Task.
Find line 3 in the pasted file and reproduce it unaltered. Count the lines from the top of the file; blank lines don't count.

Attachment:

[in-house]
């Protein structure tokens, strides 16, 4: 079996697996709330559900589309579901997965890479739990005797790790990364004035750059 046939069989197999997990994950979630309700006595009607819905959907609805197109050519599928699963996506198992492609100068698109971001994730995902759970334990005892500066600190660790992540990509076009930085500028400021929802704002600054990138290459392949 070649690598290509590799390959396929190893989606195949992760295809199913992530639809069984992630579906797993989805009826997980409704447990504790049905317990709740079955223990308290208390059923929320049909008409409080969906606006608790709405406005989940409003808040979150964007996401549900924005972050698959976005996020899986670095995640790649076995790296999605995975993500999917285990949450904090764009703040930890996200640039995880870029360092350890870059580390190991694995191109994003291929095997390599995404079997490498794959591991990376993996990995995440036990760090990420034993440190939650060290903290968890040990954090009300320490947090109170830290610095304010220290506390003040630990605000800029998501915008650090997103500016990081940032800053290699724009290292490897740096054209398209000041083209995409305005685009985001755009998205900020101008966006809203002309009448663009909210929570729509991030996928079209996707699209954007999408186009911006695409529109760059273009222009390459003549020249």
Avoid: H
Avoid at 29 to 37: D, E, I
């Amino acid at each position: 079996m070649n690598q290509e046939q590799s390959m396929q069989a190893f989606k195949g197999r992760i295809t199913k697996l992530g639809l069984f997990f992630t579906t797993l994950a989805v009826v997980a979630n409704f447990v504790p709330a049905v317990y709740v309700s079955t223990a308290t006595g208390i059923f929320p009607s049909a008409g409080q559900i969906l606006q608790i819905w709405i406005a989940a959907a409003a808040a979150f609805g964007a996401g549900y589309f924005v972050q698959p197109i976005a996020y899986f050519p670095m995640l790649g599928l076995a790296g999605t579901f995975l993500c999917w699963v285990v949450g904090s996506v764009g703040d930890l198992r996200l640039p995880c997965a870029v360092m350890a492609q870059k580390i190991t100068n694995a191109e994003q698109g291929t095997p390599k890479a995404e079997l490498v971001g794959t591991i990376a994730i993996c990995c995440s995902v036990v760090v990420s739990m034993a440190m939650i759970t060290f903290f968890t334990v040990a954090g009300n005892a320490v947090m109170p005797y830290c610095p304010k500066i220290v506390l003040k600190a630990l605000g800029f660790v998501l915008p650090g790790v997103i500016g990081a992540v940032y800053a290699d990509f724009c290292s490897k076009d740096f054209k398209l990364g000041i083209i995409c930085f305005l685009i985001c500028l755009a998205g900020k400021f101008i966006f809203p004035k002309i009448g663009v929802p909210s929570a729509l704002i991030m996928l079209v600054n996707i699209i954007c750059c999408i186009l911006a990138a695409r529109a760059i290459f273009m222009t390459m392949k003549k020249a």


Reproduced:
Avoid: H